But it's like, Diane just called her and she did magic anyway, so it's not exactly absurdist comedy that she would do this. She was on the phone with Diane when he walked up, so Diane's needs had like a five-second jump on Eli's, and while she was discussing it with him, she was researching Diane's stuff, and now that she has, she will probably somehow be investigating Spellman while briefing Diane and Celeste on her findings here. My fear is that if you are too efficient you will propel yourself backward in time, resulting in fine lines and wrinkles, which is why I do everything at the last possible moment.
Kalinda: "It was a blind CC. Ritter e-mailed the CEO about the de-icing problems, and on Ritter's copy, there were only two e-mail addresses included in the CC. But on the CEO's copy, he BCC'd someone else, the VC guy on their original IPO. CS at HeraldEquityGroup?"
It sinks in. Diane and Kalinda are like Oh girl and refuse to tell Celeste who it is by name, to the point that you suddenly realize we haven't even hit the credits yet, so obviously "CS" is going to be a huge reveal. So then you're like, "Whose initials are CS? Is there a political celebrity or, I don't know, a recurring guest star who plays a... HOLY SHIT!" and then everything starts moving real fast.
Diane: "Mother of God."
Kalinda: "Well, he's a crazed creepster that might not even help us."
Diane: "He will if we send Alicia. He loves her ass."
Which, I love that they did that right up front: Along with political contacts and a preternatural charisma on TV, Alicia also brings with her the admiration, not to say friendship, of a perverted serial-killy murderer.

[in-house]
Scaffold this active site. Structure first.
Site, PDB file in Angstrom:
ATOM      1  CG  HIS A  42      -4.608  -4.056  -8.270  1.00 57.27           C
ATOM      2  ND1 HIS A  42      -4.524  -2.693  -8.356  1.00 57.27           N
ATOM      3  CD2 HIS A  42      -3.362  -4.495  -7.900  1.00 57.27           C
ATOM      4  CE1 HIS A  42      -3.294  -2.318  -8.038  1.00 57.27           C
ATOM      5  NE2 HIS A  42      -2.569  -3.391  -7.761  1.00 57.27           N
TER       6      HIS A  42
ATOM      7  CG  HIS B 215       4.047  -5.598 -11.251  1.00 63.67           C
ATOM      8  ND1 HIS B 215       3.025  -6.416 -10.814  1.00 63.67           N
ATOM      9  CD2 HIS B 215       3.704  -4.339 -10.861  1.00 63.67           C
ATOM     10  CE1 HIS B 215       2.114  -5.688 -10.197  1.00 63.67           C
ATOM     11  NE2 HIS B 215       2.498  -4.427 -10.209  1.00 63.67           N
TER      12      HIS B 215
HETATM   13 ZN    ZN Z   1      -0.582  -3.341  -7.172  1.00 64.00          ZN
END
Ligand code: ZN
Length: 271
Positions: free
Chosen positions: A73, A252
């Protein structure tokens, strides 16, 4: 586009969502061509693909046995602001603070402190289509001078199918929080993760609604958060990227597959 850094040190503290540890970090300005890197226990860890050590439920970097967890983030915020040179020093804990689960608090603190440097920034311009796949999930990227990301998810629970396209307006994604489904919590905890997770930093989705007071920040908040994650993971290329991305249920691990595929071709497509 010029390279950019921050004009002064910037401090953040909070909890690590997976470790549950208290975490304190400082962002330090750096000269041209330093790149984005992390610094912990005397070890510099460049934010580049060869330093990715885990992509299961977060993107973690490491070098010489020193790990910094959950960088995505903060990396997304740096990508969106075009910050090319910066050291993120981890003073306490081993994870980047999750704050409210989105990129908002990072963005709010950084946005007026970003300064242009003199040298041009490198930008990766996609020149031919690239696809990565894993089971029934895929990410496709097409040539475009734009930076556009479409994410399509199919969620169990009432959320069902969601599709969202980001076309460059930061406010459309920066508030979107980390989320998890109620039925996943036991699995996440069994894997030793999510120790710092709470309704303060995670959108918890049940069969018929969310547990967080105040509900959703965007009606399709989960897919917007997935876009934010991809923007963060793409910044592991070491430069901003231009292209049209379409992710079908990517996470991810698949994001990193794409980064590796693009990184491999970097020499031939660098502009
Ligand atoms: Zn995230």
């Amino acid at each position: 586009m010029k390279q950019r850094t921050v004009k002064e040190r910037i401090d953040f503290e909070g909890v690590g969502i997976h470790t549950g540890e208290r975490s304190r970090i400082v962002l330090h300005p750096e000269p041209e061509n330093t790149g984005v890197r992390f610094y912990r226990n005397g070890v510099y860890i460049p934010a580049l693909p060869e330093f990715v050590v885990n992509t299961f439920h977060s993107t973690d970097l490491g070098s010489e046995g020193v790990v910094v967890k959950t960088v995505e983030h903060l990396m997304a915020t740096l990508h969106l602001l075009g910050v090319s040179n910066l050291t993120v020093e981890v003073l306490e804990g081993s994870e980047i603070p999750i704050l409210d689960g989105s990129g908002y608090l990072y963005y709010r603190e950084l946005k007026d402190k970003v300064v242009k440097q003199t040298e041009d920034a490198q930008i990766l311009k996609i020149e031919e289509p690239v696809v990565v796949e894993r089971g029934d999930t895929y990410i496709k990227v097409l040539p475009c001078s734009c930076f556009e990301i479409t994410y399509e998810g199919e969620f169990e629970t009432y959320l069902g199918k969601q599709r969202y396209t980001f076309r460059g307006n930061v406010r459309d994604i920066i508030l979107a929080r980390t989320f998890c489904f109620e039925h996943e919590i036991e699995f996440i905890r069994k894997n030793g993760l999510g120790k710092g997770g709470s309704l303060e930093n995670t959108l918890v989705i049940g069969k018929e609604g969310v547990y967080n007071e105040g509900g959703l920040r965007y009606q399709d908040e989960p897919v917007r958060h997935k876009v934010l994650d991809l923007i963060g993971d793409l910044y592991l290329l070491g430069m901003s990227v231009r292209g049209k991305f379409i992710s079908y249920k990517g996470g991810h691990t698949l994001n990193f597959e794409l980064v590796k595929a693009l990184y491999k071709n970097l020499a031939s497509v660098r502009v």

Which positions it correctly, for the series and the episode, because the problem most shows face with a character of this magnitude is "not enough/too much," you know, like on crime shows there's always this one Irene Adler Hannibal Lecter mastermind that's obsessed with Our Hero, or a theatrical Grande Dame that plays somebody's crazy grandma, and if they do too little then it's this perennial event, and if they do it too much, then you're Betty White and everybody gets over it.
I think for a lot of people the acclaim of this show has to do with the "Characters Welcome" sort of approach -- you get to see the best actors doing the most insanely well-written and well-rounded characters -- and so it's like a play they're putting on for us. But for me, it's more often the story of Alicia, because I identify with her -- her secret desire to be Captain America, her rigid self-righteousness, her chronic inability to discern the difference between the two -- so much. I think it's the most dynamic thing about the show, that it manages to be both an ensemble and a biography, which makes the best shows (again, Buffy being a great example) what they are. Finding your place in the emotional and symbolic landscape made up of the people around you.